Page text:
Principle 1. Draw on Inner Strength

This principle is all about “getting centered.” But what does “getting centered” mean? To begin with it means that the process involves you finding inner calm, the place where you experience your own most fundamental stability, confidence, maturity and self-awareness. This is your emotional “home base,” a place where you both flexible and powerful. Think of someone who distances herself for a moment from the turbulence of an argument in order to reflect and find personal renewal and serenity. That person is drawing on inner strength through an experience of what could be called “best self” or “true self.” This usually represents remembering one’s own most strongly felt core values such as integrity, authenticity, compassion and humanity. But it is often more than these emotions and values, too. As people learn more about what it means to draw on their inner strength they find an access point to the “ground of being” from which we all spring as individuals. By acting from this access point, we become freer to contribute to the world authentically.

Claiming your inner strength also implies that you fully accept what is, first without trying to change it. Ironically, this is also the most potent beginning of change. When you face exactly what is happening without denial, distortion, or dismissal, the energies of vision and transformation naturally have room to grow on their own. The ultimate “claim” means embracing your own learning and transformation through core trust in yourself, the spirit of humanity, and life itself.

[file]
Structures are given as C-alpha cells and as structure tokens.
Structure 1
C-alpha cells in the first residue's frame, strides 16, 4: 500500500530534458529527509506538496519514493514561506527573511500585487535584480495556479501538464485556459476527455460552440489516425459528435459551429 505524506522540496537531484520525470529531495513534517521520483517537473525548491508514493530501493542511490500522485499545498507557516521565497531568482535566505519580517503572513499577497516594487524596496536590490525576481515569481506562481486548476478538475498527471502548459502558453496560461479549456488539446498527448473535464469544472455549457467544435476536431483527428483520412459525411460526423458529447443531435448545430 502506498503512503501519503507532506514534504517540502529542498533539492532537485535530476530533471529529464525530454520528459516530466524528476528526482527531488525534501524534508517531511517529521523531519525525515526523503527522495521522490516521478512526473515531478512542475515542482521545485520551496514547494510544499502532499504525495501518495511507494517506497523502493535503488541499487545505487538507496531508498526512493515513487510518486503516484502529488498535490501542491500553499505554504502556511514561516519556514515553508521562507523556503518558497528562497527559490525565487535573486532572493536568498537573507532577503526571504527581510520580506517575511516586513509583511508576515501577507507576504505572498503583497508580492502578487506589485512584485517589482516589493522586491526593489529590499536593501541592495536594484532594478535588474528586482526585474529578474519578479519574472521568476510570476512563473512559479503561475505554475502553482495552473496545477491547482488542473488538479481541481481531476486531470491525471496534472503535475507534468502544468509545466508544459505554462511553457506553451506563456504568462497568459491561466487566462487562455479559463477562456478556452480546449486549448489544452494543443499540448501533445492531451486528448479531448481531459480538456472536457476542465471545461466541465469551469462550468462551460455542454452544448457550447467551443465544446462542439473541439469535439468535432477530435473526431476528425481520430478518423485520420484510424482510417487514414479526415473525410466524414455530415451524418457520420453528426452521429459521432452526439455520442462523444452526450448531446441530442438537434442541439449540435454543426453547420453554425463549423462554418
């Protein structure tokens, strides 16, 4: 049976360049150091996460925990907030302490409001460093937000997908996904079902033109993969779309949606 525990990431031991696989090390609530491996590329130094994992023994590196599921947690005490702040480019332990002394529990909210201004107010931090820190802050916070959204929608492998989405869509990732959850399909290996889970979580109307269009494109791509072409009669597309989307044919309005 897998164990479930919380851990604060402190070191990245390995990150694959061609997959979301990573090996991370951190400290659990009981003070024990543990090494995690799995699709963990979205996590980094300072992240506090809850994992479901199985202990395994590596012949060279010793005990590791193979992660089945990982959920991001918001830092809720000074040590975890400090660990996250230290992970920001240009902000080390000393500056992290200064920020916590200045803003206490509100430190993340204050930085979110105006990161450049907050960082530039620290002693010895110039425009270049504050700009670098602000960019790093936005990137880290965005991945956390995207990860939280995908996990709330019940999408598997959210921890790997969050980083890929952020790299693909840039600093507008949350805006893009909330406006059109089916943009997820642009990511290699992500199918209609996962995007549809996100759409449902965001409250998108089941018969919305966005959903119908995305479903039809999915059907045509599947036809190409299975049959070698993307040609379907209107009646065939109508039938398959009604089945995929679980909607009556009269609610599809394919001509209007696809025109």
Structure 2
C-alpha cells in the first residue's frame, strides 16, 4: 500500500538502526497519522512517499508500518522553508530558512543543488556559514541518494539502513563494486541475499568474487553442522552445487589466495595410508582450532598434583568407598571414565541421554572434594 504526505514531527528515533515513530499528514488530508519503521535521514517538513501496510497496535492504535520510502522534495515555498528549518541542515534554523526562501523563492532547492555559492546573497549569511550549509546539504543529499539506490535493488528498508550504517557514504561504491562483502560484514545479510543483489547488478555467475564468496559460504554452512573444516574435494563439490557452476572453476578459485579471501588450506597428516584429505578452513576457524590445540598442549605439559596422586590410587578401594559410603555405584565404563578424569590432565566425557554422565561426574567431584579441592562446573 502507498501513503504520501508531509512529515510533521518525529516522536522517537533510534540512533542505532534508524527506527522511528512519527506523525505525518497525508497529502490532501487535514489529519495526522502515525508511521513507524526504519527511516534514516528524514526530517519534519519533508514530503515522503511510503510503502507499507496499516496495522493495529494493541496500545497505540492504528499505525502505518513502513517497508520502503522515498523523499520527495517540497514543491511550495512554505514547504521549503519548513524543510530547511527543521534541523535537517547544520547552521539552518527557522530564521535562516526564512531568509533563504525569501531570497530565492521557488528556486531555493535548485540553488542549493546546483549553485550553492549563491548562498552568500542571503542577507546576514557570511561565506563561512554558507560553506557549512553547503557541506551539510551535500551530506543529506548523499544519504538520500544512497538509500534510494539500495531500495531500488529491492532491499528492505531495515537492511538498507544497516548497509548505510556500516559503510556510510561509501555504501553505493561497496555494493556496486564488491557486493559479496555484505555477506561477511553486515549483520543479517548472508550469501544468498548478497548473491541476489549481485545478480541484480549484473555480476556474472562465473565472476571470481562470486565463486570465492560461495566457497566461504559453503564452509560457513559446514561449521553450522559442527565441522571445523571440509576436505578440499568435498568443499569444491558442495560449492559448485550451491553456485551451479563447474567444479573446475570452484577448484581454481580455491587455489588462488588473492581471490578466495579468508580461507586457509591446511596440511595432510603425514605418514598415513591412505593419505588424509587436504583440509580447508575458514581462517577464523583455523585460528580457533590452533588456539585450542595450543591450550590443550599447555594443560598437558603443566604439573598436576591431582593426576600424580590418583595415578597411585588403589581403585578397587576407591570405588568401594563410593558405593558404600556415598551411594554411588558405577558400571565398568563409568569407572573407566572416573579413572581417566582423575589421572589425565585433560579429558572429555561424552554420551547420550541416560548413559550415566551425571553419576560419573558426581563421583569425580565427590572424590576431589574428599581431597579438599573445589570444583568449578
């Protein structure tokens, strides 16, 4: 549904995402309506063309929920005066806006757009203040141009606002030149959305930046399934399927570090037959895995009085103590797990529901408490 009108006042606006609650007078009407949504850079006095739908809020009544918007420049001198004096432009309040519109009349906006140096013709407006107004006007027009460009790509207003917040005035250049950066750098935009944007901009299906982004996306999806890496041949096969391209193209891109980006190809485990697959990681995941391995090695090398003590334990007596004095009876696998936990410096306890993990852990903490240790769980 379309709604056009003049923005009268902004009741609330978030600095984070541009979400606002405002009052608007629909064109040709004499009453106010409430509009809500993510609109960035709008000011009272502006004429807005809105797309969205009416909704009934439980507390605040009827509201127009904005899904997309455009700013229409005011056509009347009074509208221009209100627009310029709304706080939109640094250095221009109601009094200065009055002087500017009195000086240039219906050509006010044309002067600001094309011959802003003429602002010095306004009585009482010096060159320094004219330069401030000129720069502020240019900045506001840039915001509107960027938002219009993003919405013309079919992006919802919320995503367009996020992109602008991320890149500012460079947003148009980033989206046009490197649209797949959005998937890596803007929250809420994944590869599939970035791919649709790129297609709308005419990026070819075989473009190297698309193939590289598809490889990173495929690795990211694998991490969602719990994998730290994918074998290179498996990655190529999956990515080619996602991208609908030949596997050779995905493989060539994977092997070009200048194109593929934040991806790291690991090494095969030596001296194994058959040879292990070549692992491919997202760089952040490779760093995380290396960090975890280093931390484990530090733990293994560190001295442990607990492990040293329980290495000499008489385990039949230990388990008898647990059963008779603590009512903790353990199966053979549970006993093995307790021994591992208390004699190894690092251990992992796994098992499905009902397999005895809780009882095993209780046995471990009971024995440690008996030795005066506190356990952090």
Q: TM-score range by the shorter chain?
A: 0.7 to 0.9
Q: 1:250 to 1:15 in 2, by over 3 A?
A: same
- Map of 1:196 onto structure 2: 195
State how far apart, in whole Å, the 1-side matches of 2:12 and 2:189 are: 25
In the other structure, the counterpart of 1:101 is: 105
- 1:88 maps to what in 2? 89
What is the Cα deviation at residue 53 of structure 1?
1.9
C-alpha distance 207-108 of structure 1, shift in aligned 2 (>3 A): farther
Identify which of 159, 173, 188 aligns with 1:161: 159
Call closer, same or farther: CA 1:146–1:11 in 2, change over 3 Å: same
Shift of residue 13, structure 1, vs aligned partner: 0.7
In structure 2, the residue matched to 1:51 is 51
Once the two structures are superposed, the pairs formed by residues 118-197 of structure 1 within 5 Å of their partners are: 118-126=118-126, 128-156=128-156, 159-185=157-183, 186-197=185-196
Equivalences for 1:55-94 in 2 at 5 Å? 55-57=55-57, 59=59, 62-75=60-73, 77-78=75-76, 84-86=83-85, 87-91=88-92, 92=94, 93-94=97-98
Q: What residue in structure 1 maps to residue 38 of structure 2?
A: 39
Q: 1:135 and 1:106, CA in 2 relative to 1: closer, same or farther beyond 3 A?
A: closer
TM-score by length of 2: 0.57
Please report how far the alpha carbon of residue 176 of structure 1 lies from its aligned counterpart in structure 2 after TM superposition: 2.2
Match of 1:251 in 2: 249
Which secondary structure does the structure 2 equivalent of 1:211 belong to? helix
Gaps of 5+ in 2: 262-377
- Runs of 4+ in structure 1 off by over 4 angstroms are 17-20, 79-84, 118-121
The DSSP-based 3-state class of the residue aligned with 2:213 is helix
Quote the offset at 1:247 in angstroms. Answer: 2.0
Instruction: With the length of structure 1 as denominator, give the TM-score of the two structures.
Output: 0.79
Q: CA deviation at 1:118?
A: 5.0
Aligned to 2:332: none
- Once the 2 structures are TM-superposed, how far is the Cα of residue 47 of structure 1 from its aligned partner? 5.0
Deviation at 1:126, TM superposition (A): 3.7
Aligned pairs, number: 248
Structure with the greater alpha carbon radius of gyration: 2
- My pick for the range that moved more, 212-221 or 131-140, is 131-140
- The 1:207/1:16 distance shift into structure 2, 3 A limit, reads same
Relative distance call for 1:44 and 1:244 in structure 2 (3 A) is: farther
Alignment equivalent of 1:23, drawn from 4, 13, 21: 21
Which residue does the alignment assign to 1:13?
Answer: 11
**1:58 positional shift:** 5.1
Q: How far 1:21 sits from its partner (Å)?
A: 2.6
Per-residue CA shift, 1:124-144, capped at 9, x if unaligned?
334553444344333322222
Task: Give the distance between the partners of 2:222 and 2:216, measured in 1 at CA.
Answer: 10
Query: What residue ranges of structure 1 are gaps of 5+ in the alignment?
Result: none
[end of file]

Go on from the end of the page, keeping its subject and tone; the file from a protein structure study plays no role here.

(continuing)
Case Study: By many measures Paula was an amazing success in her career. At a young age she had been promoted into a high-level director's job at a world-famous research organization where she quickly developed a national reputation. However, behind the scenes Paula felt driven and pushed, less ambitious than others -- including her very influential mentor at the research organization -- seemed to want to make her. Unless she had a heart-to-heart talk with the mentor she would continue to have expectations placed on her that undermined both the nature of the contributions she wanted to make (rather than those she'd been directed to make), and her own happiness. When she thought about it, this same pattern of fulfilling expectations of others had been a subtle force all her life, from her parents, teachers, now even her husband -- all those who in some way could be "disappointed" in her. In order to turn the situation around, Paula began to think about how she would need to begin to assert her own desires and needs, setting reasonable boundaries for others' expectations and creating her own internal "ring of fire" to protect herself from living others' dreams for her more than she was living her own. She called this project, "living my inner strength," and began by reaching out to her mentor to talk about her work and what she really wanted to do with her life and career. While this was not an easy conversation at the outset, she soon saw that she could be more forthright about her own wishes and couldn't be so easily "washed away by the wishes of others."

Links to the other principles:

2. Step away from personal gains and losses

3. Focus on both the good and the true

4. Connect through appreciation and ownership

5. Engage to stay engaged